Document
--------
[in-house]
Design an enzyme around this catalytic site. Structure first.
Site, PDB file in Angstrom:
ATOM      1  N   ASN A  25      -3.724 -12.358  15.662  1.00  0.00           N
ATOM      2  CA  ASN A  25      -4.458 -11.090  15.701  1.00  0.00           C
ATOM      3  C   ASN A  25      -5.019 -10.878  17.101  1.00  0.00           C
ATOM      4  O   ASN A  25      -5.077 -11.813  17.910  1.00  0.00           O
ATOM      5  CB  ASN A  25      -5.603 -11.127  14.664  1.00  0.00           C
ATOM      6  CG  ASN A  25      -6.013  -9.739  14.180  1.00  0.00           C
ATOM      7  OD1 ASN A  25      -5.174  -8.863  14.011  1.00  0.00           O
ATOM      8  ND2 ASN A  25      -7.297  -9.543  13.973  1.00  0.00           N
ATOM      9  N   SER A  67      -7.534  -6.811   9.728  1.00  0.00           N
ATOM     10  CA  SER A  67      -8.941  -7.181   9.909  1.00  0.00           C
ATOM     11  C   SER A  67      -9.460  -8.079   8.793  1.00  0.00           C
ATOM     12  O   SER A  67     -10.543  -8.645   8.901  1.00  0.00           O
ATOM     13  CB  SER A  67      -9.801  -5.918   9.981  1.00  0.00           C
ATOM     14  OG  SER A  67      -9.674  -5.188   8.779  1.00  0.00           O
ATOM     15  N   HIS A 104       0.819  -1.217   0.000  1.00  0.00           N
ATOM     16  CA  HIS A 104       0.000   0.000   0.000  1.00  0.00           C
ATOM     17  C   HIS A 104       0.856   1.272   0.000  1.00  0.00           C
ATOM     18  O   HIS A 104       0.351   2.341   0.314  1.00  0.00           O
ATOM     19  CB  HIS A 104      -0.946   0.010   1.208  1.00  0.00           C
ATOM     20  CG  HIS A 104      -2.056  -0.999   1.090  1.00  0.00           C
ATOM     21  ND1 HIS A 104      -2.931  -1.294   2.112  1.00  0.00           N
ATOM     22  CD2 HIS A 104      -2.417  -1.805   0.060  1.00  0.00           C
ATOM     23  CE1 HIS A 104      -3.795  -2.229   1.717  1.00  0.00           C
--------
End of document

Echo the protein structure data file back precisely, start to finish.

[in-house]
Design an enzyme around this catalytic site. Structure first.
Site, PDB file in Angstrom:
ATOM      1  N   ASN A  25      -3.724 -12.358  15.662  1.00  0.00           N
ATOM      2  CA  ASN A  25      -4.458 -11.090  15.701  1.00  0.00           C
ATOM      3  C   ASN A  25      -5.019 -10.878  17.101  1.00  0.00           C
ATOM      4  O   ASN A  25      -5.077 -11.813  17.910  1.00  0.00           O
ATOM      5  CB  ASN A  25      -5.603 -11.127  14.664  1.00  0.00           C
ATOM      6  CG  ASN A  25      -6.013  -9.739  14.180  1.00  0.00           C
ATOM      7  OD1 ASN A  25      -5.174  -8.863  14.011  1.00  0.00           O
ATOM      8  ND2 ASN A  25      -7.297  -9.543  13.973  1.00  0.00           N
ATOM      9  N   SER A  67      -7.534  -6.811   9.728  1.00  0.00           N
ATOM     10  CA  SER A  67      -8.941  -7.181   9.909  1.00  0.00           C
ATOM     11  C   SER A  67      -9.460  -8.079   8.793  1.00  0.00           C
ATOM     12  O   SER A  67     -10.543  -8.645   8.901  1.00  0.00           O
ATOM     13  CB  SER A  67      -9.801  -5.918   9.981  1.00  0.00           C
ATOM     14  OG  SER A  67      -9.674  -5.188   8.779  1.00  0.00           O
ATOM     15  N   HIS A 104       0.819  -1.217   0.000  1.00  0.00           N
ATOM     16  CA  HIS A 104       0.000   0.000   0.000  1.00  0.00           C
ATOM     17  C   HIS A 104       0.856   1.272   0.000  1.00  0.00           C
ATOM     18  O   HIS A 104       0.351   2.341   0.314  1.00  0.00           O
ATOM     19  CB  HIS A 104      -0.946   0.010   1.208  1.00  0.00           C
ATOM     20  CG  HIS A 104      -2.056  -0.999   1.090  1.00  0.00           C
ATOM     21  ND1 HIS A 104      -2.931  -1.294   2.112  1.00  0.00           N
ATOM     22  CD2 HIS A 104      -2.417  -1.805   0.060  1.00  0.00           C
ATOM     23  CE1 HIS A 104      -3.795  -2.229   1.717  1.00  0.00           C